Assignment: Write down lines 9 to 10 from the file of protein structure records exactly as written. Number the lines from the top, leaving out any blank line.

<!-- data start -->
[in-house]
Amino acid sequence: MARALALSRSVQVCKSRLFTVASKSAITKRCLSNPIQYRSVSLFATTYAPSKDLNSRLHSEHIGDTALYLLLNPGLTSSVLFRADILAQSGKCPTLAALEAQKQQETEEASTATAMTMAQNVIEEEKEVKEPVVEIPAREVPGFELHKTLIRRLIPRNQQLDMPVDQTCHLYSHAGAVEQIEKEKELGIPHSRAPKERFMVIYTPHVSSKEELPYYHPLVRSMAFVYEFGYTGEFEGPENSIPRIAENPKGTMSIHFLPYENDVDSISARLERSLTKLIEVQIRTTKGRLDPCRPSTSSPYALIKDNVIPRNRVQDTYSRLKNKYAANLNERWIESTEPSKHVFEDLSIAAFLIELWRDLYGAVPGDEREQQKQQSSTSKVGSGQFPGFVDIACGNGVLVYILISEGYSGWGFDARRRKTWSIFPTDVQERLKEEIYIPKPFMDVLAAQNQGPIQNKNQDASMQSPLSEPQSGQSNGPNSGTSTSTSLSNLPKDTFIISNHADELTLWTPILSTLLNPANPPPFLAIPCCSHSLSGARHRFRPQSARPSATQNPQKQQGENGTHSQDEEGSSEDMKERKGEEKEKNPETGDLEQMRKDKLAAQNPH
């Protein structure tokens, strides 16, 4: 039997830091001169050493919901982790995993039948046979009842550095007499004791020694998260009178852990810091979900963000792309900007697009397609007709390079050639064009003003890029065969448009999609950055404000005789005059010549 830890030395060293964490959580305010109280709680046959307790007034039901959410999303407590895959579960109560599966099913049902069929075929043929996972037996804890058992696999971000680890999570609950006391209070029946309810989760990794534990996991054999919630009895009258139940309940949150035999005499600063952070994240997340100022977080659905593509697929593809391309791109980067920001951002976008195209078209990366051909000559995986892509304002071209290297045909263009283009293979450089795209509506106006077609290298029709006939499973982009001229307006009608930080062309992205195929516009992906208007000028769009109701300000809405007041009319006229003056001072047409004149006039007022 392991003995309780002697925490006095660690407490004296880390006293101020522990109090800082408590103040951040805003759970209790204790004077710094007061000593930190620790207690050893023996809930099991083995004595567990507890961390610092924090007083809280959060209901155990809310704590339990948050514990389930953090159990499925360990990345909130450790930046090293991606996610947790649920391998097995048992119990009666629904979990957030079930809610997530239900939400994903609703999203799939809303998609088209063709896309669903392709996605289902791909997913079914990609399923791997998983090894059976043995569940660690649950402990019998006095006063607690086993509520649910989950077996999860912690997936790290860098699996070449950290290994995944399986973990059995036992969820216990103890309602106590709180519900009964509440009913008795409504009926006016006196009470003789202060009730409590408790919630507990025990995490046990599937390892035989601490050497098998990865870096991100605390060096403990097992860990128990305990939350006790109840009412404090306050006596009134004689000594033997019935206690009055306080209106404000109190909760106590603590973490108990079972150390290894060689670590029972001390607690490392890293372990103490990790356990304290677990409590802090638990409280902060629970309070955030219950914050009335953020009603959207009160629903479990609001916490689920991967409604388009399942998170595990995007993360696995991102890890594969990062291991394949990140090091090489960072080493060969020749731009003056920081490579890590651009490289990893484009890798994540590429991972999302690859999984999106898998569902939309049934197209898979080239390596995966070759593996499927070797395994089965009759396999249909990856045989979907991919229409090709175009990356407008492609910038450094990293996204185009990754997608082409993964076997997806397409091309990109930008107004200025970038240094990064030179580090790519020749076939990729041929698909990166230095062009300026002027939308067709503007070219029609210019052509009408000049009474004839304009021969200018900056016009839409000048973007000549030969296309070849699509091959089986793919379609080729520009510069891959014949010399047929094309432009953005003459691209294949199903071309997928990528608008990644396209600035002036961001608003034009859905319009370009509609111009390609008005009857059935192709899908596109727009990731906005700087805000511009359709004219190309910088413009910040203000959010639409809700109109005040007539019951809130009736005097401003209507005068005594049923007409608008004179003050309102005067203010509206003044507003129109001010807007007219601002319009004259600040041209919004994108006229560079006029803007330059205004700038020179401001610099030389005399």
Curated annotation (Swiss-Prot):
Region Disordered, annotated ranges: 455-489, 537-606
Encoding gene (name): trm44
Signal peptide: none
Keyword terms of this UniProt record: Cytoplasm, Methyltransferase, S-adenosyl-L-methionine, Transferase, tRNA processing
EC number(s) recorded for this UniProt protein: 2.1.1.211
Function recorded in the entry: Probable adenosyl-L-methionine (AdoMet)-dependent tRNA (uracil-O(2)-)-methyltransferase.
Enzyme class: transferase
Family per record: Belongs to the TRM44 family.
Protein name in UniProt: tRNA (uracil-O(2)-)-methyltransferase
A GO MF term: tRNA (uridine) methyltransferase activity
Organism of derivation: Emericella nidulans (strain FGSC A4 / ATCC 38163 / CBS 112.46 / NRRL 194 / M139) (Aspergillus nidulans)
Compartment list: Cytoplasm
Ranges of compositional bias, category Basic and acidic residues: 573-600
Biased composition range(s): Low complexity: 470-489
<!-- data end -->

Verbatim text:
EC number(s) recorded for this UniProt protein: 2.1.1.211
Function recorded in the entry: Probable adenosyl-L-methionine (AdoMet)-dependent tRNA (uracil-O(2)-)-methyltransferase.